When you choose the link Content to review, you’re presented with the status page (see the following screenshot) with details including the list of test cases, run status, browser versions, time taken, and more.
Step Functions state machine
Now let’s look at the test orchestration Step Functions state machine, as shown in the following screenshot.
The state machine has a task state and a parallel state with multiple Map states in it:
- Task state – The DynamoDB table contains details about test cases pertaining to a certain test module. In the task state, it will get the test module as input and using that it queries the DynamoDB table to get the list of test cases, which returns an array or list of test case IDs pertaining to that specific module. These test cases will be passed as input to the next state to execute all of them in parallel.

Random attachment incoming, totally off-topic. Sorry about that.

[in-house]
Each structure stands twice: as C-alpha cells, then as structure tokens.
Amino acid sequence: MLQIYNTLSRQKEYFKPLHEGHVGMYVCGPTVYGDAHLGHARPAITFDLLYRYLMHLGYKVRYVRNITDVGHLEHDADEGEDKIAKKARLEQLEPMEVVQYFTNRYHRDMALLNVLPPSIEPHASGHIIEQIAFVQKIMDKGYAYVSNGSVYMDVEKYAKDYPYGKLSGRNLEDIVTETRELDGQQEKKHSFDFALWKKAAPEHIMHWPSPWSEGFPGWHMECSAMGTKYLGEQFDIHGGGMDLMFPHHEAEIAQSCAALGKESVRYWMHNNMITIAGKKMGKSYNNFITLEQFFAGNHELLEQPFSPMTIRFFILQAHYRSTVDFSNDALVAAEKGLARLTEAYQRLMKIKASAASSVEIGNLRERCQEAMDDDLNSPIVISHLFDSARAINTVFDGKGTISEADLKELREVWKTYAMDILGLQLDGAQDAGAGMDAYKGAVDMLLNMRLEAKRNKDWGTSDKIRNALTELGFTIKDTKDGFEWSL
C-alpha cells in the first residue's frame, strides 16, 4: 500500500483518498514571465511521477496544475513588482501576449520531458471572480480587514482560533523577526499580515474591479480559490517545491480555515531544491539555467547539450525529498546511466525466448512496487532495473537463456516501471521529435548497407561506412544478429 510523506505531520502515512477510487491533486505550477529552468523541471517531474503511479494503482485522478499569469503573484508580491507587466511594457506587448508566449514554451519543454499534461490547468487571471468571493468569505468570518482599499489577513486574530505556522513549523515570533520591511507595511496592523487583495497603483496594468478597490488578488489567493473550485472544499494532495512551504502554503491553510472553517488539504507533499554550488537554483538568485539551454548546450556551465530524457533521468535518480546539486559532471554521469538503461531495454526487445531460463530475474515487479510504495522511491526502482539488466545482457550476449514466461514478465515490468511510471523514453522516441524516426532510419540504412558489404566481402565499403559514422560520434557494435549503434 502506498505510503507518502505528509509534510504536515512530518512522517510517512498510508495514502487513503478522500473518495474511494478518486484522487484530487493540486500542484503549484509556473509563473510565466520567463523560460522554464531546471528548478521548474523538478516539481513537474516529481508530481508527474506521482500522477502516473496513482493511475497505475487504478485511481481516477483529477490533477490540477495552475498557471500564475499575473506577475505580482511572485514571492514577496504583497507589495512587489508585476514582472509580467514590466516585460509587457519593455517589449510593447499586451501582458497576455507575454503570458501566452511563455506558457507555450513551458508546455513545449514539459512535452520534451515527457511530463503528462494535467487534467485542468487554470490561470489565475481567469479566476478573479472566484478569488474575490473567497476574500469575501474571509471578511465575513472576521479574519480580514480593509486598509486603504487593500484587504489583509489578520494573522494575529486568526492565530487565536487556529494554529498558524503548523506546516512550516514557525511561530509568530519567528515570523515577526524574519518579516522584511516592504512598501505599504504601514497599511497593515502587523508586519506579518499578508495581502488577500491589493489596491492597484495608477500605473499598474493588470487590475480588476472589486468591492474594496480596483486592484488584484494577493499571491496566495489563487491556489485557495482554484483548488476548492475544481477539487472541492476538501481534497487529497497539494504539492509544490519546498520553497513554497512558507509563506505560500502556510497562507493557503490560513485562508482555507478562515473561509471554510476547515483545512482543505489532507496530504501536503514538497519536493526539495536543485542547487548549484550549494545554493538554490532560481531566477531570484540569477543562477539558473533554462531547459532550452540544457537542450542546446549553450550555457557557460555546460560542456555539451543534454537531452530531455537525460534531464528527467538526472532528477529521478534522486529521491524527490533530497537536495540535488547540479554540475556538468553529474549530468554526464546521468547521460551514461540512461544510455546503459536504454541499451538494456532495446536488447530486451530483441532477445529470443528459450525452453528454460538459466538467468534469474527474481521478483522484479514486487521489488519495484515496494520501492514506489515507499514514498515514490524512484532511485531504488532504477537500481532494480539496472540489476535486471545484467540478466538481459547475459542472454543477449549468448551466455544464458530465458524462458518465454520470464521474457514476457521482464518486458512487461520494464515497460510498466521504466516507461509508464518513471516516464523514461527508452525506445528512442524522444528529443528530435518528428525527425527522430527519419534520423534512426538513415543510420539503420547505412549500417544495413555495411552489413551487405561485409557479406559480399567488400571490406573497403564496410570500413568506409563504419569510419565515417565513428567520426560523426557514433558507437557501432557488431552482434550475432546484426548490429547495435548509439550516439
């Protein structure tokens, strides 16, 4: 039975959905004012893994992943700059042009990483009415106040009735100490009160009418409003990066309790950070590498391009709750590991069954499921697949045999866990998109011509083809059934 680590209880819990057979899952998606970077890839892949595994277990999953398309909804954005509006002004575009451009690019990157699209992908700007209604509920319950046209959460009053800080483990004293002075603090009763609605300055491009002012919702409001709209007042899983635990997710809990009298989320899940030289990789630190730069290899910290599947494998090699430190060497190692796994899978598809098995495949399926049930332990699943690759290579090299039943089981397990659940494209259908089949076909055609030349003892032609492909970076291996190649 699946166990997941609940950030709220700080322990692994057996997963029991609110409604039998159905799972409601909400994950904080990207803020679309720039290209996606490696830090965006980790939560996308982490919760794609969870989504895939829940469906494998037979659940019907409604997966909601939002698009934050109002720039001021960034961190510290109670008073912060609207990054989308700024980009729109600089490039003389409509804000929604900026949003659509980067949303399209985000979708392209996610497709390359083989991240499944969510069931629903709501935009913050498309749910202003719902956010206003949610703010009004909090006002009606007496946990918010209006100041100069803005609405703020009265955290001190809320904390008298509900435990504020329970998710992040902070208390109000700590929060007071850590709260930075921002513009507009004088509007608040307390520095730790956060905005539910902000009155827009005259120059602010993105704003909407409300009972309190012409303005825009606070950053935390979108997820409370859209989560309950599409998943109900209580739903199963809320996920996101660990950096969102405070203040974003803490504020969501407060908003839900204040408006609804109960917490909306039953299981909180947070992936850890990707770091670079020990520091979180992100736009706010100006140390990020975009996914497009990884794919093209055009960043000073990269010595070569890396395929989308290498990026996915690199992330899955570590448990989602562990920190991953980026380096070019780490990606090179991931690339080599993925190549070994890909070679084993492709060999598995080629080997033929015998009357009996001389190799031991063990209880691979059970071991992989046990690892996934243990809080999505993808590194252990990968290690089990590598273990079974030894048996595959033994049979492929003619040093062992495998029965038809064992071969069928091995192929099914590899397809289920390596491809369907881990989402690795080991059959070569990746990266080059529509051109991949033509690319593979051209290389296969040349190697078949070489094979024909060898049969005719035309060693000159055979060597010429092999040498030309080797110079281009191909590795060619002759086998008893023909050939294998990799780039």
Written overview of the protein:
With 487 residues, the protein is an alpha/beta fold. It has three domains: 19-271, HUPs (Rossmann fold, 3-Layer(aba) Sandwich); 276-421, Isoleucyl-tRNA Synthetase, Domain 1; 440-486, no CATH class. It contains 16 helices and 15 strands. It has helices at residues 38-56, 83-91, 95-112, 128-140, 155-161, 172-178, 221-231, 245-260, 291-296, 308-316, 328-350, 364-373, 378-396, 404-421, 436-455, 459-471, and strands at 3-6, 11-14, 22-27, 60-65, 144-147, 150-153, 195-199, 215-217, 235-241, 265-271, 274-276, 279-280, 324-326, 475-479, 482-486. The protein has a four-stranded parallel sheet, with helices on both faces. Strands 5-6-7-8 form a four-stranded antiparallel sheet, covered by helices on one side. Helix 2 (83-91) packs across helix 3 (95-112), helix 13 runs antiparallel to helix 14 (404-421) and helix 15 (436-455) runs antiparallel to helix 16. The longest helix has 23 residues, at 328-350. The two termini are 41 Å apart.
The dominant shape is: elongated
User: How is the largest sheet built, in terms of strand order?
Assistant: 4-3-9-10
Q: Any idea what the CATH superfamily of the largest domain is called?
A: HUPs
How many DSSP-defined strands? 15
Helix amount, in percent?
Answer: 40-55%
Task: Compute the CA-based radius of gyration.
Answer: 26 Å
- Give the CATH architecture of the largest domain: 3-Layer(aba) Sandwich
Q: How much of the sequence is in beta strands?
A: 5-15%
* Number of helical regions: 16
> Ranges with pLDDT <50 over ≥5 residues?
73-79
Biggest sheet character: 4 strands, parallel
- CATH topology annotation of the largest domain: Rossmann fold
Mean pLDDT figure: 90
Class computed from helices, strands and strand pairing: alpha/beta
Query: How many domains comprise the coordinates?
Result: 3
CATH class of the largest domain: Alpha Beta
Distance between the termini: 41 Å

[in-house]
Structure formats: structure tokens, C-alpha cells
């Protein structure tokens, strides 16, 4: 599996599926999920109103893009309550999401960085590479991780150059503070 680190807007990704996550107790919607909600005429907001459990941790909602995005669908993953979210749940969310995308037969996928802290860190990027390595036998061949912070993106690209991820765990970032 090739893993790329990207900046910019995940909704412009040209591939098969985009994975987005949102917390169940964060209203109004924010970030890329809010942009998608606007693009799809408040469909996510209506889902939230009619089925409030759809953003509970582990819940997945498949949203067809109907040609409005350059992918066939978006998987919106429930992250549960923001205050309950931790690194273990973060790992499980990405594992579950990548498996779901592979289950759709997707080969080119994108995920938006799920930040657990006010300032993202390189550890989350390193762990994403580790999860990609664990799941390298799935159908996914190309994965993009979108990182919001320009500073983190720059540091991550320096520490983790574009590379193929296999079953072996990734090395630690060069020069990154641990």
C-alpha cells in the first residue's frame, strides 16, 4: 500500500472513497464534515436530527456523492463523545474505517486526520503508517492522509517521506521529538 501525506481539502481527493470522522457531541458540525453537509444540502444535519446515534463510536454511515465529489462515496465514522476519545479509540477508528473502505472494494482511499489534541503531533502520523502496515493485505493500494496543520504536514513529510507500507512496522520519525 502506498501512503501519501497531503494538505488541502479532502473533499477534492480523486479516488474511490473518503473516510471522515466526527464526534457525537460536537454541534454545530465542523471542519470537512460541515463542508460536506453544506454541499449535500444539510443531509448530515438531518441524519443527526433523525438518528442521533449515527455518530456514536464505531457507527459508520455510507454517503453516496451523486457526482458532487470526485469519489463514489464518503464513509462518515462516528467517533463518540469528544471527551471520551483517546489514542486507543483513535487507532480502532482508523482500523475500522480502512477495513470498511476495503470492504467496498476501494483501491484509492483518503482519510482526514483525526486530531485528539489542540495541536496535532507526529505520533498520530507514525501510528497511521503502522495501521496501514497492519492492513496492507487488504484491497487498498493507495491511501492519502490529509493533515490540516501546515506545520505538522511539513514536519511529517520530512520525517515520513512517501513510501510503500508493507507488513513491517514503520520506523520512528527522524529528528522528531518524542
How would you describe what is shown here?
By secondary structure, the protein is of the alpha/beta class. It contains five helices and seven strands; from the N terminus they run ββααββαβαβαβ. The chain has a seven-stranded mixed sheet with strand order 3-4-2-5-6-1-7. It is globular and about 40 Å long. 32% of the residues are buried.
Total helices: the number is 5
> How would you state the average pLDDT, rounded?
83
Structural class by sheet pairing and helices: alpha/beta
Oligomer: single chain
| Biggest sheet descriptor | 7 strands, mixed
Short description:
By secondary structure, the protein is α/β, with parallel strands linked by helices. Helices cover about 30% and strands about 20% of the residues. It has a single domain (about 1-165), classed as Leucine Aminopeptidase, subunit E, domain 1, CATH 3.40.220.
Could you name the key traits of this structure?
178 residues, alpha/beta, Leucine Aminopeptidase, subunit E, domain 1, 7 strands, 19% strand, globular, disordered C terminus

- Parallel state – This state launches parallel test runs on Chrome Stable, Chrome Beta, Firefox Stable, and Firefox Beta browser versions, and two other runs on Chrome and Firefox to record the test run as a video (which you can use for debugging purposes if needed). Every parallel state launches a Map state based on the number of test cases obtained from the task state, which trigger a separate Lambda function or Fargate task for every test case simultaneously. For more information about the amount of parallelism you can achieve, see Lambda quotas and Amazon ECS service quotas.
Recording the test run as a video
One of the parallel states in the state machine is to record the video of the test execution. To record the test run as a video, we use headful Chrome and Firefox and need a display where the headful browser can launch. Because we can’t have a graphical display in both Lambda and Fargate, we use X virtual framebuffer (Xvfb) and PyVirtualDisplay, which is a Python wrapper for Xvfb. In this example, we set the DISPLAY environment variable to :25 in the Lambda function and Fargate container, then start the Xvfb on display :25. We use FFmpeg to listen to input on display :25 in x11grab format and write output to a file in .mp4 format. When the recording is complete, you upload it to Amazon S3 from the local file system.